Leaguer of the Month
"If the ball bounces more than once just put it in your pocket 'cause you're not gonna get him."
That is how many described the blazing fast Norman Lumpkin. A left-handed hitter along the lines of Otis Nixon, Lumpkin chopped down on the ball and used his great speed to consistently bat over .300.
grew up in Atlanta, Georgia, and honed his skills playing semipro ball
in the 1930s in the industrial leagues. Lumpkin worked and played for
many industries in Atlanta including Goodyear Tires and Napa Auto Parts.
The industrial leagues in Atlanta were some of the top in the country,
and, on the road, played in some of the toughest towns for people of color, including industrial towns in North and South Carolina, Florida, Alabama, Virginia and Georgia, where, not only were the crowds rough, but so were the third-rate hotels.
Flyhawk Lumpkin played all three outfield positions, but, with his speed, preferred center. After excelling in the semipro leagues and being picked for numerous Industrial All-Star teams, Lumpkin was signed by the Atlanta Black Crackers after World War II.
Lumpkin played for Black Crackers owner John and Billie Harden (husband and wife) and manager Goose Curry. Teammates included Red Moore, Sunny Jim Echols, Butch Davis and Stretch O'Kelley.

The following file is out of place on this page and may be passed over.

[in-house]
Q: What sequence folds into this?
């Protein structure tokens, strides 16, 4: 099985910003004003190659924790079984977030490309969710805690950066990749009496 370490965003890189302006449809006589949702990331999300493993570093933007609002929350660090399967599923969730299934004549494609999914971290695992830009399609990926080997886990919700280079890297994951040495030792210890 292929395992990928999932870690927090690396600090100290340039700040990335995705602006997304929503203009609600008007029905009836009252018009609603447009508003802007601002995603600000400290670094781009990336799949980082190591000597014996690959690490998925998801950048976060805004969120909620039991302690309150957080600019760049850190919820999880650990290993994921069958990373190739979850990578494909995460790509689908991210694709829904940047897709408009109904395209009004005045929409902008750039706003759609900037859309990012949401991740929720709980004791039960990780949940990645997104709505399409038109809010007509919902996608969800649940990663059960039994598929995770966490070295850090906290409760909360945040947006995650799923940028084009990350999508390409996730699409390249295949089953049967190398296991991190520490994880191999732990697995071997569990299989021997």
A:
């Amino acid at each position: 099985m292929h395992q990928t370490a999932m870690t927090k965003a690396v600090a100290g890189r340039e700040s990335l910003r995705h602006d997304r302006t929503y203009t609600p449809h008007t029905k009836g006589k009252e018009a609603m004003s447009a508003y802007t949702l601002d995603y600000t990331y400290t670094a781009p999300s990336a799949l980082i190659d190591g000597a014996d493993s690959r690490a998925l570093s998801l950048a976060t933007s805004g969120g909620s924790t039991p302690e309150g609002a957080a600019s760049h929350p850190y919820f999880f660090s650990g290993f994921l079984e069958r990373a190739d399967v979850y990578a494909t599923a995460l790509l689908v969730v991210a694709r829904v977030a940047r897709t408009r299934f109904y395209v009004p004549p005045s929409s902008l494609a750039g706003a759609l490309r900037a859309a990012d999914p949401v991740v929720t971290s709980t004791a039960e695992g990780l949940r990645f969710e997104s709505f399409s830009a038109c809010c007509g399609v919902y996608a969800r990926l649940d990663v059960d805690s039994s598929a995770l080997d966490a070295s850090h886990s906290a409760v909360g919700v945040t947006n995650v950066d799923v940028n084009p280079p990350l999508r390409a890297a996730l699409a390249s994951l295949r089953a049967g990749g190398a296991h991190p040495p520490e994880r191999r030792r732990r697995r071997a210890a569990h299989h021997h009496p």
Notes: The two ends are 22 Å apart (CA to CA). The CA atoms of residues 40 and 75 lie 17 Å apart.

The Black Crackers played in beautiful Ponce DeLeon Park, known for a huge magnolia tree in right field. The Black Crackers rented the park from the white Southern League's Atlanta Crackers.
The Black Crackers were one of the most popular teams in the South, and only the best of the best could make the powerful Atlanta teams of the 1940s, the heyday of Black baseball.
Making it to the black baseball big time did not mean life was that much easier for Lumpkin.
"We had to dress at the black YMCA on Butler Street. We weren't allowed to dress out there [at the park] you know, you couldn't shower there. You had to take the bus back to the YMCA and shower. On the road we usually slept in private homes. Some of the places you could find a black hotel, but you couldn't find a black hotel in small towns."
By the time Jackie Robinson integrated the Majors, Lumpkin was nearing 30 years old and knew he was probably too old to be a Major League prospect. Lumpkin finished his professional career with the New York Black Yankees then returned home to Atlanta where he still resides.